Publication

Metabolic cross-talk between human bronchial epithelial cells and internalized Staphylococcus aureus as a driver for infection

Palma Medina, L. M., Becker, A-K., Michalik, S., Yedavally, H., Raineri, E. J. M., Hildebrandt, P., Gesell Salazar, M., Surmann, K., Pförtner, H., Mekonnen, S. A., Salvati, A., Kaderali, L., van Dijl, J. M. & Völker, U., May-2019, In : Molecular & Cellular Proteomics. 18, 5, p. 892-908 17 p.

Research output: Contribution to journalArticleAcademicpeer-review

APA

Palma Medina, L. M., Becker, A-K., Michalik, S., Yedavally, H., Raineri, E. J. M., Hildebrandt, P., ... Völker, U. (2019). Metabolic cross-talk between human bronchial epithelial cells and internalized Staphylococcus aureus as a driver for infection. Molecular & Cellular Proteomics, 18(5), 892-908. https://doi.org/10.1074/mcp.RA118.001138

Author

Palma Medina, Laura M ; Becker, Ann-Kristin ; Michalik, Stephan ; Yedavally, Harita ; Raineri, Elisa J M ; Hildebrandt, Petra ; Gesell Salazar, Manuela ; Surmann, Kristin ; Pförtner, Henrike ; Mekonnen, Solomon A ; Salvati, Anna ; Kaderali, Lars ; van Dijl, Jan Maarten ; Völker, Uwe. / Metabolic cross-talk between human bronchial epithelial cells and internalized Staphylococcus aureus as a driver for infection. In: Molecular & Cellular Proteomics. 2019 ; Vol. 18, No. 5. pp. 892-908.

Harvard

Palma Medina, LM, Becker, A-K, Michalik, S, Yedavally, H, Raineri, EJM, Hildebrandt, P, Gesell Salazar, M, Surmann, K, Pförtner, H, Mekonnen, SA, Salvati, A, Kaderali, L, van Dijl, JM & Völker, U 2019, 'Metabolic cross-talk between human bronchial epithelial cells and internalized Staphylococcus aureus as a driver for infection', Molecular & Cellular Proteomics, vol. 18, no. 5, pp. 892-908. https://doi.org/10.1074/mcp.RA118.001138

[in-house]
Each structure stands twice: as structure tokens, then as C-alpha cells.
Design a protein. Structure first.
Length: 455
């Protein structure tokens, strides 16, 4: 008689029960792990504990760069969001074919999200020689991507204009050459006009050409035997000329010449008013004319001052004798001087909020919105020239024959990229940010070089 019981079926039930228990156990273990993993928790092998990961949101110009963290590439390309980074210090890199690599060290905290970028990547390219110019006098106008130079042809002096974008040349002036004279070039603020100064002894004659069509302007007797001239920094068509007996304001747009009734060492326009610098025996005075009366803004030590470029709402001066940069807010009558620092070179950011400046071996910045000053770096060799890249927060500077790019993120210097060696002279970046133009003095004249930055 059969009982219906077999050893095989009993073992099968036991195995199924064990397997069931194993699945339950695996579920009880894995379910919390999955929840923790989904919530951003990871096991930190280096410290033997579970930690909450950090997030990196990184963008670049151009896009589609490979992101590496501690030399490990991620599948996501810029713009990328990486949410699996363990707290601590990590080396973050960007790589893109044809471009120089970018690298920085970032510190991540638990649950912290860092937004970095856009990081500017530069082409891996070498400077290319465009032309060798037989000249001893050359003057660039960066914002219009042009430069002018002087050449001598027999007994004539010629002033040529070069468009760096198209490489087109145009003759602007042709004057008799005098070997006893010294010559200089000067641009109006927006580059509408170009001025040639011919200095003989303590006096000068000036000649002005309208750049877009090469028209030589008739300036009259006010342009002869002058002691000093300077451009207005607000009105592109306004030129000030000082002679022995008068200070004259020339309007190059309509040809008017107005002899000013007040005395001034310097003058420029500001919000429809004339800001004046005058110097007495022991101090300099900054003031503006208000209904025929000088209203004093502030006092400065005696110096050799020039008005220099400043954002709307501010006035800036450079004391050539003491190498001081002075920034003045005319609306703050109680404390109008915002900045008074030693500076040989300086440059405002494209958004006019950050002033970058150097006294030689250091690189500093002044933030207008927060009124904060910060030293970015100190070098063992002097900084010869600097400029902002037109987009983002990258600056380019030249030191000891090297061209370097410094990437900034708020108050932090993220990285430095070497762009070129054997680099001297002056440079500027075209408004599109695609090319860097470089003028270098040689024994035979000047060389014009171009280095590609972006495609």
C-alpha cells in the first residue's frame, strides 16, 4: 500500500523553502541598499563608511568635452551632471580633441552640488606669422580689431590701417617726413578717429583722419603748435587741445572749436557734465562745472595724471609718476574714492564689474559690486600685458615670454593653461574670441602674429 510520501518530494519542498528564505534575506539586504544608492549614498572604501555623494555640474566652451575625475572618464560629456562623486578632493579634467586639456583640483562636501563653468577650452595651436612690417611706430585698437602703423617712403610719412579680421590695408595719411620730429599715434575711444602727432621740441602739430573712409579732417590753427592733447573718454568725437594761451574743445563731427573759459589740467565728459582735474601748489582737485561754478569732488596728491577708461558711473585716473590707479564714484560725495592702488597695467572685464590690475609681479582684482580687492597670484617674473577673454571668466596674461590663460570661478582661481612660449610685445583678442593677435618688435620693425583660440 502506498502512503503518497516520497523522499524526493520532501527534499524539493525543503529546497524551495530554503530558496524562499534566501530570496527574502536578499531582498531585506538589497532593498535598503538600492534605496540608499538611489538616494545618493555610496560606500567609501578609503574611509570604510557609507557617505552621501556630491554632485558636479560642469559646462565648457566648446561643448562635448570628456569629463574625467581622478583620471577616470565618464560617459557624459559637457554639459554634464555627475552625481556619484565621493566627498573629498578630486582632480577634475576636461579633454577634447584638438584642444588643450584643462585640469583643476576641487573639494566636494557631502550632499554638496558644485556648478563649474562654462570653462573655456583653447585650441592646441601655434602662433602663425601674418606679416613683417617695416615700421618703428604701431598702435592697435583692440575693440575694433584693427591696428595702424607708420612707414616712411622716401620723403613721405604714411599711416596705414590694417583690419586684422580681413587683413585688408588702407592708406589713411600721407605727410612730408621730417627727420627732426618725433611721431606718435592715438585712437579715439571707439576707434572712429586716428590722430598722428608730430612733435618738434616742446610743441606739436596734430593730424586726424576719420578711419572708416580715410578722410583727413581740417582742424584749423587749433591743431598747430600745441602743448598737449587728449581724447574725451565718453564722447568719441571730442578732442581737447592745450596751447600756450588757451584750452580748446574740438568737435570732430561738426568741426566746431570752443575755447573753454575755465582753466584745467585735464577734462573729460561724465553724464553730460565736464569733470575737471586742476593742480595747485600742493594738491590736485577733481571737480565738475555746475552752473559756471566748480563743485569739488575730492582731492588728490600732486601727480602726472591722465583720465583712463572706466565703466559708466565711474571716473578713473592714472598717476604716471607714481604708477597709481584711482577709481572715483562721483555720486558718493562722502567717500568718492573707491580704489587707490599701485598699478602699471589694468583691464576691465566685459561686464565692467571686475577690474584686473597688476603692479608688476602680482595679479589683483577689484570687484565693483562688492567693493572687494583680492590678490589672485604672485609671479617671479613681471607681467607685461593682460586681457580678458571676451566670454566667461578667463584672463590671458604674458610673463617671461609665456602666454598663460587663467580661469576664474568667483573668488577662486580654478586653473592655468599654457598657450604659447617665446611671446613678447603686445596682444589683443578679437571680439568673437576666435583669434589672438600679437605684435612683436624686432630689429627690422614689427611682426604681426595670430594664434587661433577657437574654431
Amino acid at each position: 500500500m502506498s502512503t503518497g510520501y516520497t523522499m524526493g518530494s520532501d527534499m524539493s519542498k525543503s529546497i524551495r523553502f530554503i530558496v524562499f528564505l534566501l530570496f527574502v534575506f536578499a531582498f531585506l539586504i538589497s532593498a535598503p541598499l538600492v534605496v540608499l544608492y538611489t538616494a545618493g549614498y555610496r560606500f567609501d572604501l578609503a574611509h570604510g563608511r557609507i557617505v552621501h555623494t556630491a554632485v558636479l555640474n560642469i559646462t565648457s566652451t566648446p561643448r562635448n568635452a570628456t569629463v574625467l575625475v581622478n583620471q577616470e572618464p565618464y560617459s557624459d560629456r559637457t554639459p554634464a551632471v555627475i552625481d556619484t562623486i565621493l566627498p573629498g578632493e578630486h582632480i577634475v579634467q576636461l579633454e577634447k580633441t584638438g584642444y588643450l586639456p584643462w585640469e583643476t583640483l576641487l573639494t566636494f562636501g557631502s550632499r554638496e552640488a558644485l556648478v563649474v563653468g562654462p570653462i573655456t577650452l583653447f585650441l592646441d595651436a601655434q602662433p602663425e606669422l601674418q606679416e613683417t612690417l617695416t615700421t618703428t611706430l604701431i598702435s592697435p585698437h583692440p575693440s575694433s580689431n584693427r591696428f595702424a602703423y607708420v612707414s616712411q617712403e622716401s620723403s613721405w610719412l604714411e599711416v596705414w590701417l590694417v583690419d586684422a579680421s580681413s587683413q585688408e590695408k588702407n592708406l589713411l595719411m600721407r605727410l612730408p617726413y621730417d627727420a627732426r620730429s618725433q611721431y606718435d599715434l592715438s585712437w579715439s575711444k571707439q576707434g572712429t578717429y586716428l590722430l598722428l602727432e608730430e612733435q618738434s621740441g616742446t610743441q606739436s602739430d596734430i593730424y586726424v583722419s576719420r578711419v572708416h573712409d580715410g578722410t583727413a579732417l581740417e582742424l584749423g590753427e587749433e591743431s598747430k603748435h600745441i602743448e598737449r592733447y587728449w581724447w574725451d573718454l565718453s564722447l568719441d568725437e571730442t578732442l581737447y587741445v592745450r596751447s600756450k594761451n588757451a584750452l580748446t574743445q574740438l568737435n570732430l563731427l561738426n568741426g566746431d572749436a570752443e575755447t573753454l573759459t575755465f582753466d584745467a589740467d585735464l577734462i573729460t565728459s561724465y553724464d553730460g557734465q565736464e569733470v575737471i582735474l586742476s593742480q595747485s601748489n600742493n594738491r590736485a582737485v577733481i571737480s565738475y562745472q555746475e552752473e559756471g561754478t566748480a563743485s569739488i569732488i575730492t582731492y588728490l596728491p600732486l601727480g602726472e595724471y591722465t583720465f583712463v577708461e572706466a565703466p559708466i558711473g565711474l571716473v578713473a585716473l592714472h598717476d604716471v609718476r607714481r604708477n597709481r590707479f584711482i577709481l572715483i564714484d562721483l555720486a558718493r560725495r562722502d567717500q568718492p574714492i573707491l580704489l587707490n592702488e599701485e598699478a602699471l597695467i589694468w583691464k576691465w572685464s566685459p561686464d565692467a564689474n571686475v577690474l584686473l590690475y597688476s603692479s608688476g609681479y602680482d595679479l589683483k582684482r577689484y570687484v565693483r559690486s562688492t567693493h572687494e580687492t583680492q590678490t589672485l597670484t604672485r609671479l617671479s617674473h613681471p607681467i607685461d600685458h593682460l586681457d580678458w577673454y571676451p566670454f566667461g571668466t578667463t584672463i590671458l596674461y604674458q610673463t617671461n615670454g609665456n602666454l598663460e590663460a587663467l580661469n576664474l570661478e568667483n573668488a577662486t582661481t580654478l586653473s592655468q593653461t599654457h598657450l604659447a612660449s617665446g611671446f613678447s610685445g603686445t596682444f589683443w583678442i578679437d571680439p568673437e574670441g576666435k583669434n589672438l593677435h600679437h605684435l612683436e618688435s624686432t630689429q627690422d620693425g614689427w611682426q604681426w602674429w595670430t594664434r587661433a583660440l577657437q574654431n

Standard

Metabolic cross-talk between human bronchial epithelial cells and internalized Staphylococcus aureus as a driver for infection. / Palma Medina, Laura M; Becker, Ann-Kristin; Michalik, Stephan; Yedavally, Harita; Raineri, Elisa J M; Hildebrandt, Petra; Gesell Salazar, Manuela; Surmann, Kristin; Pförtner, Henrike; Mekonnen, Solomon A; Salvati, Anna; Kaderali, Lars; van Dijl, Jan Maarten; Völker, Uwe.

In: Molecular & Cellular Proteomics, Vol. 18, No. 5, 05.2019, p. 892-908.

Research output: Contribution to journalArticleAcademicpeer-review

Vancouver

Palma Medina LM, Becker A-K, Michalik S, Yedavally H, Raineri EJM, Hildebrandt P et al. Metabolic cross-talk between human bronchial epithelial cells and internalized Staphylococcus aureus as a driver for infection. Molecular & Cellular Proteomics. 2019 May;18(5):892-908. https://doi.org/10.1074/mcp.RA118.001138


BibTeX

@article{5cd91bd317c9470281e416a850655259,
title = "Metabolic cross-talk between human bronchial epithelial cells and internalized Staphylococcus aureus as a driver for infection",
abstract = "Staphylococcus aureus is infamous for causing recurrent infections of the human respiratory tract. This is a consequence of its ability to adapt to different niches, including the intracellular milieu of lung epithelial cells. To understand the dynamic interplay between epithelial cells and the intracellular pathogen, we dissected their interactions over four days by mass spectrometry. Additionally, we investigated the dynamics of infection through live cell imaging, immunofluorescence and electron microscopy. The results highlight a major role of often overlooked temporal changes in the bacterial and host metabolism, triggered by fierce competition over limited resources. Remarkably, replicating bacteria reside predominantly within membrane-enclosed compartments and induce apoptosis of the host within ~24 hours post infection. Surviving infected host cells carry a subpopulation of non-replicating bacteria in the cytoplasm that persists. Altogether, we conclude that, besides the production of virulence factors by bacteria, it is the way in which intracellular resources are used, and how host and intracellular bacteria subsequently adapt to each other that determines the ultimate outcome of the infectious process.",